After this past weekend’s Gander Outdoors Truck Series event at the Texas Motor Speedway, there has been a lot of talk about Greg Biffle’s big win. Biffle returned to NASCAR competition for the first time since 2016, and for his first Truck Series race since 2004. To say that it was impressive for a driver — veteran or not — to return to competition after such a lengthy hiatus and immediately put it back in victory lane is an understatement.
However, this also opens up the question of what could happen if other currently retired NASCAR drivers come back for a one- or two-race deal with teams in the lower series.
Could this potentially pose a problem in the lower series? Or will it become a new, popular trend?
Meanwhile, the bump-and-run has been a part of NASCAR racing for many years. However, the dump-and-run has been something that many people have frowned upon in the past, including this past weekend following the K&N West event.
Which is acceptable? Both, none, or one of them?
Q: How do you feel about retired drivers coming back for a race or two in the trucks or Xfinity like Dale Jr and Greg Biffle have? Robert O. San Jose, CA
A: There is no issue with this at all, and I would hope fans would not have an issue as well. It is very good for the sport to have well-known names like these come back even if only for a race or two per season. It may not help the year-long popularity of the series, but at least for a few races, the return of somebody like Dale Earnhardt Jr. in the field could at least give the series a needed boost.
Biffle winning Friday night’s Gander Outdoors Truck Series Race at Texas was popular for sure, and having more drivers come back and try to accomplish the same feat is something I believe fans enjoy seeing. Biffle had not competed regularly in three years and won like he was never gone.
Somebody like Matt Kenseth or even Kasey Kahne (if he is ever approved to race a stock car again) would generate a lot of interest. Kenseth is probably done racing in Cup and may be open to racing something for a race or two if given the opportunity to win again. Kahne can still do well if given the right chance and his Truck record speaks for itself.
People love it when the more popular drivers from years ago come back from their retirement to give it one more go. I have not seen one negative response from Biffle’s win at Texas, and I do not think anybody would be against him winning again if he runs another race this year for Kyle Busch Motorsports.
Personally, this should happen more often. Whether it does or not is up to teams, drivers, and any sponsors that may want to come on board. These next few years, it could happen more often than it has, and I know most of us really hope that is the case.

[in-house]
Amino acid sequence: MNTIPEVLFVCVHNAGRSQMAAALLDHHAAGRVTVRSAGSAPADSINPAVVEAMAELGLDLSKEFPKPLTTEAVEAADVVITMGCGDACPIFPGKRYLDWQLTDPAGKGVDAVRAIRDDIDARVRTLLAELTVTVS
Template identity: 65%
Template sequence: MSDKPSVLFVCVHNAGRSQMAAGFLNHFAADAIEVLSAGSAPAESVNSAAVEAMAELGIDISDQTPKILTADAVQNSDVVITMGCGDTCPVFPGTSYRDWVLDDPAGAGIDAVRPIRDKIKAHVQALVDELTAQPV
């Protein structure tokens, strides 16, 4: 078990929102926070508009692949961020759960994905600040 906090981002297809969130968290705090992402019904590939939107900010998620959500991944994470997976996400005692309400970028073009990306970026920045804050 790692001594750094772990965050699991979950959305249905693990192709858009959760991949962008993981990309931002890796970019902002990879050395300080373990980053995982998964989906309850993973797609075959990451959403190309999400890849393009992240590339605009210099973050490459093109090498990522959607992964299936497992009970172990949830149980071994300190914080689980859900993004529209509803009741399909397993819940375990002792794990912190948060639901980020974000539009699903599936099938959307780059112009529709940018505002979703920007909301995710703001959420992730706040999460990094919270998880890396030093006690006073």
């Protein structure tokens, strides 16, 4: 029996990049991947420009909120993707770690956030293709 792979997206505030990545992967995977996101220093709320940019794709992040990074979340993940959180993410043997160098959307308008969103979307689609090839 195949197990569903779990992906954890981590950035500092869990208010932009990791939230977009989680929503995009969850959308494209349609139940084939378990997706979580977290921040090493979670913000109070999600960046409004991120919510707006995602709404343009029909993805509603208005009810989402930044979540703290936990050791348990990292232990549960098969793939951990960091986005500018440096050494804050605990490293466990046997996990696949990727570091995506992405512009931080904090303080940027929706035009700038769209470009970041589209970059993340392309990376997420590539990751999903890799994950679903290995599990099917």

Q: What’s your opinion on the bump and run versus the dump and run to win a race? ie: Hailie Deegan at Colorado versus Logano at Martinsville? Howard T., Omaha, NE
A: Obviously both incidents had everybody talking for a while and both incidents allow for some comparison and contrasting.
The bump and run is perfectly acceptable. It is a typical short track move, and can extend to any type of track as long as the driver ahead does not wreck. This tactic has been used for many years by many drivers and no one seemed to ever have a problem with it until recently. It is a perfectly legitimate racing move.
The dump and run? Not so much. I get that most drivers try to keep things even with the driver they are racing — as in, “I race them how they race me.” It is one thing if someone gets roughed up and repays the favor, but if there has not otherwise been any contact and the leader gets dumped anyway, that is one hundred percent unacceptable.
Deegan’s incident can go either way. Logano in my book was completely acceptable too, but where do you really draw the line? Logano did a perfect bump and run on Martin Truex Jr. for the win in Martinsville that eventually led him to a championship. Perfectly executed.
Deegan sent it very deep into the corner after her teammate Derek Kraus roughed her up a little bit on the restart. Deegan did a pure dump and run for the victory and it just does not seem like the right way to win.
No matter how you look at it, this is a product of short track racing in NASCAR. This is going to happen again, people are going to debate, and in a way, it is good for this kind of buzz to be generated around the sport.
Whether or not you agree or disagree with the moves, there is one thing we can learn from this … please NASCAR, more short tracks.
About the author
Brandon is a 22-year-old from NY and has been a passionate follower of motorsports for 14 years now. He recently graduated from Molloy College on Long Island with a BA in Communications. Working within NASCAR has been a dream for Brandon for a while, and he hopes to be able to live out the dream in the very near future.
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